The good, the bad and the influencer
Influencers are the modern-day reality TV stars – they’re elusive, intimidating and suddenly making a huge splash while garnering a lot of attention. They started out as people with expertise on a specific topic with a trusted audience (think contractors with home renovation tips) but grew into internet mini-celebrities. And with increased followerships and proven sales-boosting results, influencers are an ideal way for brands to promote themselves on social media without using their own accounts.
Influencers don’t fit a specific mold or category. They appear across almost every social platform and range from your 12-year-old cousin’s favorite beauty guru to your mom’s favorite HGTV-esque blogger. Only about 30% of the time do they offer anything other than a chance for you to get the luxury of peeking into their everyday lives — and we happily oblige. While we could write a thesis on all of the facets of influencership, we’ll focus today on how influencers vary from, and leverage, different social media platforms. We’ll focus on the most popular: YouTube, Twitter and Instagram.
YouTube is dominated by a younger demographic, with more than 80% of people between 15 and 25 using YouTube. Because YouTube is a video-based platform and influencers are asking followers to engage for 10 to 15 minutes, it could be said that YouTubers work harder than most influencers. It simply takes more time to script and create a believably “organic” video than it does to post a picture of your new shoes with a swipe-up link. What does this mean for brands? If you want an exclusive promotion in a YouTube video, it will cost you a lot more than free product. We’ll use an interesting influencer subset on the platform as an example – the makeup kings and queens, often referred to as the “beauty community.” Their videos consist of content from makeup tutorials to product reviews and challenges. But if you want your product to be the star of the video, it could cost tens of thousands of dollars. However, YouTubers have some of the most passionate fan bases, meaning their sway will have a larger significance than most.
Twitter influencers are often the most neglected breed of this fascinating species. Because Twitter doesn’t rely on media (photography, videos, etc.) as heavily as other platforms, companies like Fit Tummy Tea aren’t going to seek out a blue check mark to craft a witty comment for their brand. Twitter influencers seemingly have the least to offer to brands or other entities seeking out advertising and exposure. However, they offer a refreshingly “real” presence that churns out funny content for interested parties and requires nothing in return. Realistically, Twitter influencers aren’t the best way to test out influencer marketing, especially if you’re new to the game. But it isn’t a bad idea to still monitor what these individuals are tweeting about; you could spot your brand name among the trending topics of the day and find your way into an “influenced” audience that isn’t usually getting targeted.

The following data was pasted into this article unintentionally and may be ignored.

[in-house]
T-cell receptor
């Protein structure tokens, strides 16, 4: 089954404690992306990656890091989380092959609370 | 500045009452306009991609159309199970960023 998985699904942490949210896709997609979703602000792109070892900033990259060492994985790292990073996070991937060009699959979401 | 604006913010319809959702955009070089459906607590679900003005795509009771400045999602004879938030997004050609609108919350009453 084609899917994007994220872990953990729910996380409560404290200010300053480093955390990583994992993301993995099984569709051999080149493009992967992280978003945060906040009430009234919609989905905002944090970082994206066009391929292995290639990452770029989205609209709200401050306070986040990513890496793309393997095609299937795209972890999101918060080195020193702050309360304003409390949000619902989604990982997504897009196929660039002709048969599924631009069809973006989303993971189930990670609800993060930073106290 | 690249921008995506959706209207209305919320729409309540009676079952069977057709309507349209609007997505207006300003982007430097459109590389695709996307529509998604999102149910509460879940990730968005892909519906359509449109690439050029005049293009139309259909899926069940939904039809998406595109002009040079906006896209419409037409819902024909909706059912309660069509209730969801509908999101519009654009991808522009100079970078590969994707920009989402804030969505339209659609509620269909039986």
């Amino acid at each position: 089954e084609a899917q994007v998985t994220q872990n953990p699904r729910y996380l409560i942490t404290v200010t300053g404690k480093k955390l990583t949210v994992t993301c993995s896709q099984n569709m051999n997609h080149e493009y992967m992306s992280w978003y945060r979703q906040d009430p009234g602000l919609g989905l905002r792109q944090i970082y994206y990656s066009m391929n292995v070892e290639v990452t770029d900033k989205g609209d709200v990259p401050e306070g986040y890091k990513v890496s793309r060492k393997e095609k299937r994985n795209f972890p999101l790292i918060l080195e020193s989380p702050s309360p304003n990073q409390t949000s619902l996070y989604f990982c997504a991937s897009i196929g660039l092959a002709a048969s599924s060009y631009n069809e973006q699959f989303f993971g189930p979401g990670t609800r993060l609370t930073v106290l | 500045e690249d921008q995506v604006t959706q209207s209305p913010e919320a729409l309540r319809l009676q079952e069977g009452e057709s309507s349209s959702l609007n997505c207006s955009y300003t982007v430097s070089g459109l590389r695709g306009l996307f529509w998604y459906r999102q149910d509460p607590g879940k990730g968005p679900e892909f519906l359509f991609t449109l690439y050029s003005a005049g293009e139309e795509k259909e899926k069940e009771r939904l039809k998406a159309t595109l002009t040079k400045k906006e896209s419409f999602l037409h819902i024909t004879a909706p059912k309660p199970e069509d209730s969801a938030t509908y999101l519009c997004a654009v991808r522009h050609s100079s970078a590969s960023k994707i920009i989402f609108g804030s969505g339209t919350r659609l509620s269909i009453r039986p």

If you’ve heard someone use the term influencer in a casual conversation, Instagram influencers are most likely who they were referring to. Instagram influencers are the apple pie of social media stardom ‒ they’re classic, a staple, (some might say “basic”), but you can’t deny their effectiveness. Instagram is home to the upcoming fashionistas, the mommy bloggers drenched in farmhouse decor and the 17-year-old with great hair who is probably missing school too much. Instagram influencers’ audiences are broader. Not everyone following a fashion blogger is looking for wardrobe tips; they could be following said blogger for their personality, because a friend recommended them or simply out of morbid curiosity and the need for a good laugh. Instagram is the influencer capital of the world, therefore this space is probably your best bet as a brand. The demand for aesthetically pleasing photos and stories make posts hard to miss, and the incessant hashtagging makes them easy to find. Additionally, Instagram influencer content typically isn’t as niche as someone like a blogger. This means it’ll be a lot easier to integrate your brand into the post of an internet star than into a post by someone who is dedicated to weekly blogs about their plant-based diet.
A lot of brands may be able to buy an influencer’s time in hopes of getting them to promote something on air or through a photo. However some influencers, particularly those with a smaller following, may be just as happy to trade their promotion for a free product or service. Remember, don’t get caught up in the number of followers an influencer has. It’s about their following. A “micro” influencer with 4,000 followers who respect them will have much more of an impact than the Instagrammer with 10 million followers gained from being acquaintances with a pop star. Influencer marketing is more than just a trend; it’s a new way of life. Just like life before Facebook or Twitter seems like a distant dream, an influencers’ product promotion being five times more effective than a 30-second television spot is going to feel the same way. The bottom line is this: Influencers are worth it. What do you have to lose?